Revision as of 13:49, 6 July 2017

ASTM Interantional have a number of standards relating to various design considerations for green roofs. These standards provide good technical advice on the testing of systems and components.

Of particular note are:

  • E2399 Standard Test Method for Maximum Media Density for Dead Load Analysis of Vegetative (Green) Roof Systems[1], and
  • E2396 Test Method for Saturated Water Permeability of GranularGravel, or crushed stone of various size gradations (i.e., diameter), used in construction; void forming material used as bedding and runoff storage reservoirs and underdrains in stormwater infiltration practices. Drainage Media [2].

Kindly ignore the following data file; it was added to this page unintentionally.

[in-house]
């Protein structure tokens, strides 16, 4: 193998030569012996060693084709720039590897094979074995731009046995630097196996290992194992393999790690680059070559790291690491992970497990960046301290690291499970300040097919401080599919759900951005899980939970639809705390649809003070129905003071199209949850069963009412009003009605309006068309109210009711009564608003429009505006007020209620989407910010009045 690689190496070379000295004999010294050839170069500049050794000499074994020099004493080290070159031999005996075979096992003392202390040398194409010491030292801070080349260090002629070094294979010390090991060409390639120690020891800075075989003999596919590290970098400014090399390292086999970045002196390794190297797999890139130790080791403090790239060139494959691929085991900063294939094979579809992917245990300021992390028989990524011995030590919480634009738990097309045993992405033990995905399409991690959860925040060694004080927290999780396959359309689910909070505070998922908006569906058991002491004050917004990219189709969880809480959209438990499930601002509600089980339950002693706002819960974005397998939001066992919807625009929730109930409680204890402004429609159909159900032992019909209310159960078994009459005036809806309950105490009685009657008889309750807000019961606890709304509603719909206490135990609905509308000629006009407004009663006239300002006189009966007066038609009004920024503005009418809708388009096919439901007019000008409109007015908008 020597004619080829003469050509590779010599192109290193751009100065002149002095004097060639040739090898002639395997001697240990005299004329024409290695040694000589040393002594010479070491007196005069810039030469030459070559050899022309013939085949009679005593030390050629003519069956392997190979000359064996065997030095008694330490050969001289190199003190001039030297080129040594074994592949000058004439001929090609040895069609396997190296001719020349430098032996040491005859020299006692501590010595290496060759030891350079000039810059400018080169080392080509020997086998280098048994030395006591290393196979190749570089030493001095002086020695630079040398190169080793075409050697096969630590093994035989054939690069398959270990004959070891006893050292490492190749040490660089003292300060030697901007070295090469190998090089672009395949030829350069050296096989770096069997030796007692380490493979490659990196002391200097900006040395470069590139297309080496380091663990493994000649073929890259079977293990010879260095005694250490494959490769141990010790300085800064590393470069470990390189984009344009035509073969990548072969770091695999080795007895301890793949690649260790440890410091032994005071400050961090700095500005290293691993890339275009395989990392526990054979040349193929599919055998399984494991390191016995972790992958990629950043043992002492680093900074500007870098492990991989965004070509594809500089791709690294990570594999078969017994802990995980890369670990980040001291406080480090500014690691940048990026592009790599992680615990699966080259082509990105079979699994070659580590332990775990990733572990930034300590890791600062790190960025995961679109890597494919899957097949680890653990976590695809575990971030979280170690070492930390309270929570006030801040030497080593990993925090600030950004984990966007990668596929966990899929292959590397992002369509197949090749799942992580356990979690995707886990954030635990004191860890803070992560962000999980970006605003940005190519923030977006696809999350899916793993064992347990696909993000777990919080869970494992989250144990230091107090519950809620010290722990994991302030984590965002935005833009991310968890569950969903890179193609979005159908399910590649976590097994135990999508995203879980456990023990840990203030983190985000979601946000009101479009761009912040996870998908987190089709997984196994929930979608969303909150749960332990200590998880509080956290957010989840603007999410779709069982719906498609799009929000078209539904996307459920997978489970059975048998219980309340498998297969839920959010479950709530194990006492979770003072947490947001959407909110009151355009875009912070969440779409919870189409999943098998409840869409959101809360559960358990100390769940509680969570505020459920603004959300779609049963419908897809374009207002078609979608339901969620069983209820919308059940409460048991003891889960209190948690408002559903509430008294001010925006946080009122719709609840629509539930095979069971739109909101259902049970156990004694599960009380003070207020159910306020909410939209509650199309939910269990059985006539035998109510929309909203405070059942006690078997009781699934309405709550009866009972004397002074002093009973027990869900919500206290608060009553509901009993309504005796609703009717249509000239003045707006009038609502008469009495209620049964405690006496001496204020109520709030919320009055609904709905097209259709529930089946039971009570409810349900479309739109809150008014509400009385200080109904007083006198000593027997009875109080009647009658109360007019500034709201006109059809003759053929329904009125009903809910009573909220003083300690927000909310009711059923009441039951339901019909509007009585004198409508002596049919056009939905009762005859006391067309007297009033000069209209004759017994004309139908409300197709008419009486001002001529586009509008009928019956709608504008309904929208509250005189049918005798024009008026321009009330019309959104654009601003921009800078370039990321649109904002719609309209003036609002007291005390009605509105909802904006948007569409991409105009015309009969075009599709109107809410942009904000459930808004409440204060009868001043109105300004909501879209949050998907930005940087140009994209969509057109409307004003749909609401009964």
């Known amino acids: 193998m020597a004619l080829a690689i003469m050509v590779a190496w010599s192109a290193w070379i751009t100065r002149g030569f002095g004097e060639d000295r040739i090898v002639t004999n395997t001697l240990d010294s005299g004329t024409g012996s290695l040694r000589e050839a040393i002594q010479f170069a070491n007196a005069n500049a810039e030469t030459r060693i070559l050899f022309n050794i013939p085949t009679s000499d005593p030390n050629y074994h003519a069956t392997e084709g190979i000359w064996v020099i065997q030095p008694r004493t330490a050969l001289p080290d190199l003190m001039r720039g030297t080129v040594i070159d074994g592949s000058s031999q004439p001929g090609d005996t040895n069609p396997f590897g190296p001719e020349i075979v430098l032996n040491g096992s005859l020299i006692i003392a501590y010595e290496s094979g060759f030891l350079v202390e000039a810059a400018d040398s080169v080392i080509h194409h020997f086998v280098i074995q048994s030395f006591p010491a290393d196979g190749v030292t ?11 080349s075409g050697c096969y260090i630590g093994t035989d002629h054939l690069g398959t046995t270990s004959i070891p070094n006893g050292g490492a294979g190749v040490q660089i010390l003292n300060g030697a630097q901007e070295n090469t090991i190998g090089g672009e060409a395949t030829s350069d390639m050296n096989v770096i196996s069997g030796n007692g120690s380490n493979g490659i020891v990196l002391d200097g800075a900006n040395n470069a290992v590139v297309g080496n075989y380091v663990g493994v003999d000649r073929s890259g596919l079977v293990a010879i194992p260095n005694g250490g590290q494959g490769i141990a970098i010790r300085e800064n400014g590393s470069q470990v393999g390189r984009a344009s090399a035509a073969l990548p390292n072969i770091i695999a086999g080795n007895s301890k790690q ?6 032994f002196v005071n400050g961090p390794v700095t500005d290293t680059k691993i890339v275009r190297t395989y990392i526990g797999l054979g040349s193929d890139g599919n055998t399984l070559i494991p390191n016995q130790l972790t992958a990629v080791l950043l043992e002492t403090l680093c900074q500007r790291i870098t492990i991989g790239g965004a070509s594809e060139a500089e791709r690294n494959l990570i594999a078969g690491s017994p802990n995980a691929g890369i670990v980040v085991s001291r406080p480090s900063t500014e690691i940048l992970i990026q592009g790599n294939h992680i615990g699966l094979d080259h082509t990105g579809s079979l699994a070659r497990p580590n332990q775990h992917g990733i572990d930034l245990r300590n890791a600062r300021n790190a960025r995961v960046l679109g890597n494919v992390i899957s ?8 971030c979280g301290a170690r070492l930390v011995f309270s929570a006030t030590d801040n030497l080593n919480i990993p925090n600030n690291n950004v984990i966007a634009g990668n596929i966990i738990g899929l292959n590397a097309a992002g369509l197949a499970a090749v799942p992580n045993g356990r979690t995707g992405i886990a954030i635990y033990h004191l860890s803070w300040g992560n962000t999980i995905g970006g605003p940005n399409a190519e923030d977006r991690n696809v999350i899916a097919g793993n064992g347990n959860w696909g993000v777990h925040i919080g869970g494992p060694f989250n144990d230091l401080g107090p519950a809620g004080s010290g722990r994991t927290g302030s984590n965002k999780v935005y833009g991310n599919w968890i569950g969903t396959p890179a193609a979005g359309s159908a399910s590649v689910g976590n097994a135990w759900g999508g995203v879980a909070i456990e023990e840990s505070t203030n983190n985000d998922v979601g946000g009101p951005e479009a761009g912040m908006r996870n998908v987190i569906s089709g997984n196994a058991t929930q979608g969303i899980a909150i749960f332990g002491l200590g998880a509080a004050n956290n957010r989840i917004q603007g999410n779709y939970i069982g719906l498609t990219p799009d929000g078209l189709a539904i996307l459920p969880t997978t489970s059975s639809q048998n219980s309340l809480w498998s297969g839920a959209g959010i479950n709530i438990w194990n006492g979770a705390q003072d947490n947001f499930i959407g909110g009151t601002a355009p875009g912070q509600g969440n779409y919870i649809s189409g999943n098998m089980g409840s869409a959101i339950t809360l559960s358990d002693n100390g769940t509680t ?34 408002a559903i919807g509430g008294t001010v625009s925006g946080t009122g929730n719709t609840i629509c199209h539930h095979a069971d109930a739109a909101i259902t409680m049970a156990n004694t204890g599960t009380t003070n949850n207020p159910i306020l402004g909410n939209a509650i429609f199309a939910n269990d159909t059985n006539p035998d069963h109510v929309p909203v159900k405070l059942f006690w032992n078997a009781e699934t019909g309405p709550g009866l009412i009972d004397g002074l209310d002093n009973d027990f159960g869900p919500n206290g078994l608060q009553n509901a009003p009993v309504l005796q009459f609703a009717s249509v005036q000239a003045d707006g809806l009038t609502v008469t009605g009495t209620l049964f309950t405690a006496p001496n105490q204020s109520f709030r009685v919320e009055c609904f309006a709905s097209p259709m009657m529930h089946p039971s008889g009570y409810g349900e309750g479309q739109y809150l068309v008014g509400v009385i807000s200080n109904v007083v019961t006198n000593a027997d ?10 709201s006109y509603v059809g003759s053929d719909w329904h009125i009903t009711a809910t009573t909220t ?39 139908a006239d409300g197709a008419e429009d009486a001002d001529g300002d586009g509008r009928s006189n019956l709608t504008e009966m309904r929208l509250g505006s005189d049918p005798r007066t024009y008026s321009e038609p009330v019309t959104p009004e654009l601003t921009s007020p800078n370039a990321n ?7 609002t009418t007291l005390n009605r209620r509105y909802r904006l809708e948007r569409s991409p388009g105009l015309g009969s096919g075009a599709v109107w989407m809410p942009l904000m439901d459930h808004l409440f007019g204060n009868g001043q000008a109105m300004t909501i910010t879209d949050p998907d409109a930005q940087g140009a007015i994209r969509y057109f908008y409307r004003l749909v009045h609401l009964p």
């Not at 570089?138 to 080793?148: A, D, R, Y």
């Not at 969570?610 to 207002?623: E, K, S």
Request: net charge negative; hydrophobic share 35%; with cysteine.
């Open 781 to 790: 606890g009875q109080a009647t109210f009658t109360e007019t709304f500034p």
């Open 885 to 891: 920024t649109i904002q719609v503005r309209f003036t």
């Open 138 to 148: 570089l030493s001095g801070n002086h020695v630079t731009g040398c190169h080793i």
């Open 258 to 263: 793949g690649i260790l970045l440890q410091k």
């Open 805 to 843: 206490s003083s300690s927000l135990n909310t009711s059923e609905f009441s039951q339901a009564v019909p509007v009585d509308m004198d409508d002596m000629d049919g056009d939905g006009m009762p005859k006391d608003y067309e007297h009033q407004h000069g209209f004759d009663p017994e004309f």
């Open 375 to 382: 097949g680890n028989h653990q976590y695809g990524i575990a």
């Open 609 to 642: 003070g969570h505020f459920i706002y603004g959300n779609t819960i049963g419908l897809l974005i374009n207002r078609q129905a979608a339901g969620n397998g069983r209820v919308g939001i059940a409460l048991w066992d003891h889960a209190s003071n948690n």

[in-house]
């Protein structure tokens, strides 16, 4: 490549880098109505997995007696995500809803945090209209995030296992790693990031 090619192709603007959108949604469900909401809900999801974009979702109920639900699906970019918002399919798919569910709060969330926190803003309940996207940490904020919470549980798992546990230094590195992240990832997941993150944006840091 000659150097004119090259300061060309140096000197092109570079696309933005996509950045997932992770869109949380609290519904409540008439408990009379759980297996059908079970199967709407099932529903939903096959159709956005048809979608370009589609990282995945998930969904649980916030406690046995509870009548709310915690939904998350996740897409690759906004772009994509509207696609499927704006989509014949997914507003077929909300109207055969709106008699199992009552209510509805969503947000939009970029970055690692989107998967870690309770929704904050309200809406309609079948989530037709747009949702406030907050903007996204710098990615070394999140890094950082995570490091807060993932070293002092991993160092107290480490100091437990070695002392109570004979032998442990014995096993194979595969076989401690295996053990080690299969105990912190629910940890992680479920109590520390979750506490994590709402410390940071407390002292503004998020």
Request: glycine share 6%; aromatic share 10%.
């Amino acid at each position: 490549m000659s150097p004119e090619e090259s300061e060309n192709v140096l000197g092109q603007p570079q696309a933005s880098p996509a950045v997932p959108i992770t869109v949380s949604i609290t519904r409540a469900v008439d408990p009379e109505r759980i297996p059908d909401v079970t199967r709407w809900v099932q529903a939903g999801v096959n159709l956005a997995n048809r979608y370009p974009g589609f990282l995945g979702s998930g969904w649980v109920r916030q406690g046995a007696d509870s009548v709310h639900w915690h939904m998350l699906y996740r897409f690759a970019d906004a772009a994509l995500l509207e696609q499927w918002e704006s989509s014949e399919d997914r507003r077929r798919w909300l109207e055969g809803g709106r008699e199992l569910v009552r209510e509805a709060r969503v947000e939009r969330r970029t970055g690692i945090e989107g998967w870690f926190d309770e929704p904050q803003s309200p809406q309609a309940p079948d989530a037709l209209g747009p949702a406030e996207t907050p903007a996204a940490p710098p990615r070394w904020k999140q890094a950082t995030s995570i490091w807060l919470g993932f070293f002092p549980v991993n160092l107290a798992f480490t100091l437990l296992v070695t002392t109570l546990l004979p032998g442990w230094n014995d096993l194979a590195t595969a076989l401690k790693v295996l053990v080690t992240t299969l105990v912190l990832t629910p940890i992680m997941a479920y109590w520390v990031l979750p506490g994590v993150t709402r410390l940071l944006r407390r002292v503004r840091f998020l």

When these tests are completed, the results should be interpreted in relation to the objectives of the green roofA thin layer of vegetation and growing medium installed on top of a conventional flat or sloped roof, also referred to as living roofs or rooftop gardens.. A product complying with overseas guidelines may not serve the needs of a green roofA thin layer of vegetation and growing medium installed on top of a conventional flat or sloped roof, also referred to as living roofs or rooftop gardens. installed in Ontario. In particular, the FLL guide [3] recommends green roofA thin layer of vegetation and growing medium installed on top of a conventional flat or sloped roof, also referred to as living roofs or rooftop gardens. media specifications which may not provide optimal stormwater management or vegetation in our region. The green roofA thin layer of vegetation and growing medium installed on top of a conventional flat or sloped roof, also referred to as living roofs or rooftop gardens. media used in Ontario can be classed according to proportion of composted biological material. Some existing installations use materials which comply with FLL guidelines, whilst others use a high proportion of compostDecayed organic material used as a plant fertilizer. Compost helps to support healthy plant growth through the slow release of nutrients and the retention of moisture in the soil..[4]